My point was that the entire rant was melodramatic.

baggss
02-19-2011, 10:38 PM
My point was that the entire rant was melodramatic.

Wasn't that point?

the8thark
02-20-2011, 02:22 AM
As Blizzard would say, it was an "overstatement of upset".

ZachUSAman
02-20-2011, 10:09 AM
45 minutes to install RAM? wow did they install it or did they hand craft the RAM first?

bobtomay
02-20-2011, 10:34 AM
45 minutes to install RAM? wow did they install it or did they hand craft the RAM first?

What, you think they had no other machines for other customers sitting there on the rack in front of this one?

Shikarnov
02-20-2011, 11:46 AM
My point was that the entire rant was melodramatic.
Wasn't that point?

That was the point, indeed. When one receives less than excellent service from a company reputed for providing stellar service, it's rant-worthy. This wasn't an instance of some obscure defect in the RAM module that caused intermittent freezing or required advanced diagnostics. You lose a lot more credibility in my view for failing on basic things like installation (that they insisted on doing, to boot).

And I can't help but think, what if I had been somebody less technically able. I'd had to drive 90 minutes back to the Apple store, wasting both gas and time, and then mill around in the store for another undetermined period of time while my place in line came up, and then 90 minutes back home. It would have been a lot of time wasted for something that an Apple certified tech -- who's supposed to exemplify Apple's high standards -- could have avoided by taking 30 seconds to check his work.

I expected more from them, and those expectations weren't met. And that's why I believe my rant was justified.

cwa107
02-20-2011, 12:07 PM
I expected more from them, and those expectations weren't met. And that's why I believe my rant was justified.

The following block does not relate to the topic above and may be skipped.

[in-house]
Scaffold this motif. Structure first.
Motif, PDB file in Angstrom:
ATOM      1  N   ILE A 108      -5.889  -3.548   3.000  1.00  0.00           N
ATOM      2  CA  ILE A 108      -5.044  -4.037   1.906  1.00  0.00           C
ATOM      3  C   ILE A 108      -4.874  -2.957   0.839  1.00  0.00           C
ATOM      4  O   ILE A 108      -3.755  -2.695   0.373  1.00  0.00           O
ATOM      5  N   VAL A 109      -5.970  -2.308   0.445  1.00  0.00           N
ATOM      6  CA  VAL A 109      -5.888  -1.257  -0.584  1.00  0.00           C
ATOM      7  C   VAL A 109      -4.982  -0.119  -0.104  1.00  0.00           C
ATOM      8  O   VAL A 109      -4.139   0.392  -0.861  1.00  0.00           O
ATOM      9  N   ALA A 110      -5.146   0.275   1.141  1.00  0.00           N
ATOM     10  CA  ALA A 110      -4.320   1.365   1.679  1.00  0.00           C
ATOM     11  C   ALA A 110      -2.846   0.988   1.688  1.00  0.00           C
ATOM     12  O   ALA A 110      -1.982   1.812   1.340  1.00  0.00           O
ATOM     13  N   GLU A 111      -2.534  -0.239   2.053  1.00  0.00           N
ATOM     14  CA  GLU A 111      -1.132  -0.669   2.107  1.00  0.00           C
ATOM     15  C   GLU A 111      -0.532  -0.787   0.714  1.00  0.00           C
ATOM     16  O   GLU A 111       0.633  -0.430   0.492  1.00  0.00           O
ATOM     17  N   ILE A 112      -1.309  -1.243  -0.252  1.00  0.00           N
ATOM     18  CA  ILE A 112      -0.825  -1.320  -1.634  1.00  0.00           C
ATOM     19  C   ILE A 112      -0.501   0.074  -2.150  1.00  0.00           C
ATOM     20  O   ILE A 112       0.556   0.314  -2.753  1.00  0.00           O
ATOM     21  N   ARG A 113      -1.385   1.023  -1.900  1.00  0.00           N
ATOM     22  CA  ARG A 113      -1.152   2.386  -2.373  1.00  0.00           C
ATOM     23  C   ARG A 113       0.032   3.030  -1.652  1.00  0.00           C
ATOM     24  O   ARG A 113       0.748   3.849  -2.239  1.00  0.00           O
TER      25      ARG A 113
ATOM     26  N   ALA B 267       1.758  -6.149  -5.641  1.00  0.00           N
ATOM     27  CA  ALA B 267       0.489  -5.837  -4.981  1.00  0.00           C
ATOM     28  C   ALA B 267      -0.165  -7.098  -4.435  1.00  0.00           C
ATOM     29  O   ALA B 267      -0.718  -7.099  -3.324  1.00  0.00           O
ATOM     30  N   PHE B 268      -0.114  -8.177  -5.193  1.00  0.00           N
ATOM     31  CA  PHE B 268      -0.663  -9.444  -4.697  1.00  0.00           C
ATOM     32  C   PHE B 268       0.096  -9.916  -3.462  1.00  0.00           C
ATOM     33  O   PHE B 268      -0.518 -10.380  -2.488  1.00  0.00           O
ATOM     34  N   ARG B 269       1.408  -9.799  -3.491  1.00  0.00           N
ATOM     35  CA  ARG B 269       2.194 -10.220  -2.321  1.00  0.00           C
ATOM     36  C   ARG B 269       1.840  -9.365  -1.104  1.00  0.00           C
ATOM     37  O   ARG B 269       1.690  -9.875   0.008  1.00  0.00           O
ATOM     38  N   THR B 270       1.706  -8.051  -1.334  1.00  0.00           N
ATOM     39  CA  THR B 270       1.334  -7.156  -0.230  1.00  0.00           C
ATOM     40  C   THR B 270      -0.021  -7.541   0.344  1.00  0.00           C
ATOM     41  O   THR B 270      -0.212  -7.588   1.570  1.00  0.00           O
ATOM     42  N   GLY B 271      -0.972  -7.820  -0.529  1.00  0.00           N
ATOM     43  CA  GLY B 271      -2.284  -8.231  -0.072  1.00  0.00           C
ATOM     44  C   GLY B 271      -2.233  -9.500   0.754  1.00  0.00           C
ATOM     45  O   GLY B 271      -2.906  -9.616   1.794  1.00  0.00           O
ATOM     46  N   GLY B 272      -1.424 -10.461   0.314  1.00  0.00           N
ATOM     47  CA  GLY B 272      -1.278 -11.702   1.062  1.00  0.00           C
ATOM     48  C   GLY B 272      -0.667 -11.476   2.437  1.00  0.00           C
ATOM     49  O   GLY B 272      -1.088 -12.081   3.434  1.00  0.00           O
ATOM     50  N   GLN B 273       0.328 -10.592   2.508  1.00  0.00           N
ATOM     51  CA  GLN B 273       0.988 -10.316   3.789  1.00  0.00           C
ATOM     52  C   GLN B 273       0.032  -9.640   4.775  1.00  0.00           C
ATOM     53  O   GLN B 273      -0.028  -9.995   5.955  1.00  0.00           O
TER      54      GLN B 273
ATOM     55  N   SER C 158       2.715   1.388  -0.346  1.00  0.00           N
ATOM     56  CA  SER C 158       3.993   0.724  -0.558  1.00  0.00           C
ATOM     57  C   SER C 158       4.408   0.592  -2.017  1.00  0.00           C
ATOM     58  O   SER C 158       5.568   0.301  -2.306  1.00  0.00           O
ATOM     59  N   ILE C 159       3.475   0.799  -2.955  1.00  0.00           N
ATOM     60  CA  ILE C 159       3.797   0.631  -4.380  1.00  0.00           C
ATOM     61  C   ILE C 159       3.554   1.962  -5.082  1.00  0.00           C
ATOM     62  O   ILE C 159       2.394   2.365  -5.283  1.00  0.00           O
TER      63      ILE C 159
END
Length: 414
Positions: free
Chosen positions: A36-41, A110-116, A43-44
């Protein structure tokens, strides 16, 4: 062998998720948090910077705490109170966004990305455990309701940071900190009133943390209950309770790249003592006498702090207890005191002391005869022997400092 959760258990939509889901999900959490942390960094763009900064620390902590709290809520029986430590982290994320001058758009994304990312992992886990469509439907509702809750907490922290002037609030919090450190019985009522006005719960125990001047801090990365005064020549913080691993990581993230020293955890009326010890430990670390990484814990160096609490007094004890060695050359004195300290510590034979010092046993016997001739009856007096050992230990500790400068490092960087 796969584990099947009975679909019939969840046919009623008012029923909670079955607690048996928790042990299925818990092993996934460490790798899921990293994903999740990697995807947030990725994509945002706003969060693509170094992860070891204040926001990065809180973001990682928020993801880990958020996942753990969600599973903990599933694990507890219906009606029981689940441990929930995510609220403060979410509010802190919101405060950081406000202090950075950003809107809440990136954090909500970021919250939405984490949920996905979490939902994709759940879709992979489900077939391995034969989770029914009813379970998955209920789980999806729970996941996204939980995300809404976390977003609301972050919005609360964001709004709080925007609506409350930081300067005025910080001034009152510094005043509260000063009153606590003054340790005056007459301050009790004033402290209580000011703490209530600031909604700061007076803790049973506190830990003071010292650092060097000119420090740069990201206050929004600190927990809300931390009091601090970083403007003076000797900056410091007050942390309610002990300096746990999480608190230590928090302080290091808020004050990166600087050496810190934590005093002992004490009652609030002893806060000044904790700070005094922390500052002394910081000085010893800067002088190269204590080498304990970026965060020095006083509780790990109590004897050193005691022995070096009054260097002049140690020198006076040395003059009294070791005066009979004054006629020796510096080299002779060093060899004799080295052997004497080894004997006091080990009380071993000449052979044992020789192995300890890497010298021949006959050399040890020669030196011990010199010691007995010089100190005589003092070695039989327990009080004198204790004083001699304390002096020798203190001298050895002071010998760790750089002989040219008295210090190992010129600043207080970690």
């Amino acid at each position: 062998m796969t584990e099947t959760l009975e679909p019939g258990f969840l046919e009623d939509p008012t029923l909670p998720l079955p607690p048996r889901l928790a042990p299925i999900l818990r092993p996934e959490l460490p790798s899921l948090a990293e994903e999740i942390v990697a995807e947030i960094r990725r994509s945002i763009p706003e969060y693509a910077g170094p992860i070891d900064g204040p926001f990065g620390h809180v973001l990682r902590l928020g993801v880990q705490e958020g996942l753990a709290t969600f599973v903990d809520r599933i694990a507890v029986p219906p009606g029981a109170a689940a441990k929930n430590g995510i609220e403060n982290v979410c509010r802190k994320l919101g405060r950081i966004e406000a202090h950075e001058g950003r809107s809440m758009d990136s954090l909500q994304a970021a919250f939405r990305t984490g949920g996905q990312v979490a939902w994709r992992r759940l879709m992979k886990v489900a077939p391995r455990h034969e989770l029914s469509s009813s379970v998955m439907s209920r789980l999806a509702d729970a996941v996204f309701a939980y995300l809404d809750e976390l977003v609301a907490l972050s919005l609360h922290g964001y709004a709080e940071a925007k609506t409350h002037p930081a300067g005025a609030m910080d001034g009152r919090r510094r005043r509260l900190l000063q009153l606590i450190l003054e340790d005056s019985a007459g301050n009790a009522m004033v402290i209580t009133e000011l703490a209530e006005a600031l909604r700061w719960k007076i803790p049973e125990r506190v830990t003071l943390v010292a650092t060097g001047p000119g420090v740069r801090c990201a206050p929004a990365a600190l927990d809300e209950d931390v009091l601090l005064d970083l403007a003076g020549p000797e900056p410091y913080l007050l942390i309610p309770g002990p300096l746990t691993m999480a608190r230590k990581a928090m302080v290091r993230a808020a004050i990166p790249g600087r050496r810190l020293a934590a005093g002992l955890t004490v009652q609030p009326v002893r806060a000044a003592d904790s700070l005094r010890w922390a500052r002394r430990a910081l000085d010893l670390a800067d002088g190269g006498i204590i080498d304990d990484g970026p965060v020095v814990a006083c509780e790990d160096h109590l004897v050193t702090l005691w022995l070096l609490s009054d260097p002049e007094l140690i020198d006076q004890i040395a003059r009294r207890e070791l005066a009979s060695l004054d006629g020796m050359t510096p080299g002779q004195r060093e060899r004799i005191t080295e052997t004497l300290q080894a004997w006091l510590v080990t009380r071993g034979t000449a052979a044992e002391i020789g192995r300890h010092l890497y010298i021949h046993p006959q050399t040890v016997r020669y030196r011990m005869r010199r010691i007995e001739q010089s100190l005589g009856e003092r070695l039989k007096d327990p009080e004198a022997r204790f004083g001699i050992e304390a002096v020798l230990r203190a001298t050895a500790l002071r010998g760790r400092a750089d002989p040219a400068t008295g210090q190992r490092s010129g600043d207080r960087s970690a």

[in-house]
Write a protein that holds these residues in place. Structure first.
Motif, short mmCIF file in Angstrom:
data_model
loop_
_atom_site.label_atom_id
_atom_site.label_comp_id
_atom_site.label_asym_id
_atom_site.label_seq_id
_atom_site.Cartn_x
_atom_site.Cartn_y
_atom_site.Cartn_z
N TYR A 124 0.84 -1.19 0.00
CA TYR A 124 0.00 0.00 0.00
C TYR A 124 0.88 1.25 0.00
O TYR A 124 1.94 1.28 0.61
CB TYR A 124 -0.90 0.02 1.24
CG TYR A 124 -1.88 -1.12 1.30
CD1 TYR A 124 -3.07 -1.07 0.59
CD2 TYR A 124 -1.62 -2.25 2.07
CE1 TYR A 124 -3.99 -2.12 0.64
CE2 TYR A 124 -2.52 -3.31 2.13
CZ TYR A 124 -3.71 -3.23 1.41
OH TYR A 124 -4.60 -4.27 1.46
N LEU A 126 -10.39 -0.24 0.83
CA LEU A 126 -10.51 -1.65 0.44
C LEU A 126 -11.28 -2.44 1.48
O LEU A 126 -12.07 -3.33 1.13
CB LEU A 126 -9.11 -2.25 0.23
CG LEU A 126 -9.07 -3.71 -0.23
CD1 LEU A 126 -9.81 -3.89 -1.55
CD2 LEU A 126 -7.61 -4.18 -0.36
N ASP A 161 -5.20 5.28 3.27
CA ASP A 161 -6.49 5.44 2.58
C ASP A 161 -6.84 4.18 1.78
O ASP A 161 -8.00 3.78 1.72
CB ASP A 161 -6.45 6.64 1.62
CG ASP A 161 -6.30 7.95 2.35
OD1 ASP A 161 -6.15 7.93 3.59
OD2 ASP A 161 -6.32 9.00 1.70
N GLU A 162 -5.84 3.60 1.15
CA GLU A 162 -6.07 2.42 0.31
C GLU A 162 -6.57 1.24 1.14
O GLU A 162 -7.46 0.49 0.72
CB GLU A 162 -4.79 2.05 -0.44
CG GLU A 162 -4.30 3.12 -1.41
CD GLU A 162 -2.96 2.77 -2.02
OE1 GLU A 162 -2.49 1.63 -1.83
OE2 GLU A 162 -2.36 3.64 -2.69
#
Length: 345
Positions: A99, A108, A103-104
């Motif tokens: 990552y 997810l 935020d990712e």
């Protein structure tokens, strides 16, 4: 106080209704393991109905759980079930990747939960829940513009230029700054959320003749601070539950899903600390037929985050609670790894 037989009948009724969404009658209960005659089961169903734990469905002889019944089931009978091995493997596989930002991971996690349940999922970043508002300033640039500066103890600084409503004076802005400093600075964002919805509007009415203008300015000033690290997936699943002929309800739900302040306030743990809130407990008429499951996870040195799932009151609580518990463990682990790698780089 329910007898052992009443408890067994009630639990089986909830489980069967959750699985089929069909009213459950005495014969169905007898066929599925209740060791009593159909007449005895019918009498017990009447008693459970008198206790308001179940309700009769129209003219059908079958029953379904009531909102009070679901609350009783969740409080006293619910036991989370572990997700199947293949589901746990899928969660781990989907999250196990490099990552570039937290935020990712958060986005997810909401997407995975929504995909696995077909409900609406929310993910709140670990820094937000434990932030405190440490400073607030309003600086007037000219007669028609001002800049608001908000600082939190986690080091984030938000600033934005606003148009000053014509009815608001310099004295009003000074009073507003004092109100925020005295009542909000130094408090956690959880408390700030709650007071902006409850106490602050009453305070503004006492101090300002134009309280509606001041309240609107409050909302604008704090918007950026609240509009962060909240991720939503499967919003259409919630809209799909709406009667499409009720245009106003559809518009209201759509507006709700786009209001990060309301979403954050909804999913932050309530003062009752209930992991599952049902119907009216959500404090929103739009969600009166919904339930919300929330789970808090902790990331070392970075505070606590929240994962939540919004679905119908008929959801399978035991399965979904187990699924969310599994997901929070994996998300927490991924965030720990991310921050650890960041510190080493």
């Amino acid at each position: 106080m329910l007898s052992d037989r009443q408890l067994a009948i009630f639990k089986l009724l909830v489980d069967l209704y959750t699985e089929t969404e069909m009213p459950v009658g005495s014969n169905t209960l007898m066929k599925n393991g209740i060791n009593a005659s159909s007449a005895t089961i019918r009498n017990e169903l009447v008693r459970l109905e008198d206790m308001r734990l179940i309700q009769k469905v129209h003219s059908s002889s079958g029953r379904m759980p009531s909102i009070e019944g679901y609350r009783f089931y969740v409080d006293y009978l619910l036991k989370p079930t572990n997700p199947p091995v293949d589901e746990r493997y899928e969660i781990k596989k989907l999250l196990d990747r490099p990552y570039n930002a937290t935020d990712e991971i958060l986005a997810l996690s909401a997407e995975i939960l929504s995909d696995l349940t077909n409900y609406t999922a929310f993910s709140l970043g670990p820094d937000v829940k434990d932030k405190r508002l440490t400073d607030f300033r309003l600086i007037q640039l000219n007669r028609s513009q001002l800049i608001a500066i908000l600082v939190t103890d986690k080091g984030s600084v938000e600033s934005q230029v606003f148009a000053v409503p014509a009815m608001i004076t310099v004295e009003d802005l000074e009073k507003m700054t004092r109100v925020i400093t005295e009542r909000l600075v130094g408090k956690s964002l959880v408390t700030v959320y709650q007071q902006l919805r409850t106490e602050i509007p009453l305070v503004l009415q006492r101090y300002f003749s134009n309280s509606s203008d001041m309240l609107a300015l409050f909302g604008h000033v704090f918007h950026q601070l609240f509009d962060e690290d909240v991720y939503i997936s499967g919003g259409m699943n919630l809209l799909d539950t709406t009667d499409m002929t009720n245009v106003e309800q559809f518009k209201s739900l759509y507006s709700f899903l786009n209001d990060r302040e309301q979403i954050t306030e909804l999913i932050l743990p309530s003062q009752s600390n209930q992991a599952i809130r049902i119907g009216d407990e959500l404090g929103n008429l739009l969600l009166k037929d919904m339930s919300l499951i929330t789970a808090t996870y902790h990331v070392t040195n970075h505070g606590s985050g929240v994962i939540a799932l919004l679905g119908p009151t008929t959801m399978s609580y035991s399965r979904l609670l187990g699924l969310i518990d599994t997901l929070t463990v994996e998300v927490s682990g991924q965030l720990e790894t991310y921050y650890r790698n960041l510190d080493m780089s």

And it's unfortunate that people do that, because it often leaves an unjustified perception since people so rarely take a moment to rant when they receive very good service or have a very good experience overall.

Shikarnov
02-20-2011, 02:37 PM
^ I don't think anybody can claim with a straight face that Apple, of all companies, is being damaged by a lack of gushers.

That said, had my RAM been installed properly, my post probably would have been titled, "My first experience at an Apple Store," and it would have been more about the glitz and glamor of the store design and the shared energy of so many Apple users in one place. But, you're right, it wouldn't have taken the same emphatic tone of a rant, and that's because merely doing your job properly is hardly noteworthy, and is certainly not praiseworthy.

schweb
02-20-2011, 02:53 PM
There's also a difference between ranting about one experience and turning that rant into a statement that Apple in general doesn't do things right which is exactly the way you ended your rant.

It was a little over the top with very little justification.

Sorry, but the drama meter was off the charts on this one.

6string
02-20-2011, 05:38 PM
For what it's worth, I did call the Apple Store today to complain about this, and it turns out that my complaint is not an anomaly. The manager was apologetic, and issued $100 credit to my company's account by way of recompense.

This is what I'll take out of this thread, and say "wow, Apple does it again, going that extra mile to make the customer experience a happy one!"

:D

ZachUSAman
02-21-2011, 12:01 AM
What, you think they had no other machines for other customers sitting there on the rack in front of this one?


true.. but its RAM installment, theres nothing hard about it, open the case, open the ram, install the ram, close the case and charge the customer.

MYmacROX
02-21-2011, 12:08 AM
true.. but its RAM installment, theres nothing hard about it, open the case, open the ram, install the ram, close the case and charge the customer.

multitasking |ˌməltiˈtaski ng; ˌməlˌtī-|
noun Computing
the simultaneous execution of more than one program or task by a single computer processor.
DERIVATIVES
multitask |ˈməltiˌtask; ˈməlˌtī-| verb

It's a computing term. Not an actual possibility with humans. We can't focus all of our attention on more than one task at one time. Mistakes happen, especially when we're very busy/distracted. The OP mentioned the store was super busy. That fact has already been mentioned as a possible distraction leading to a possible employee error.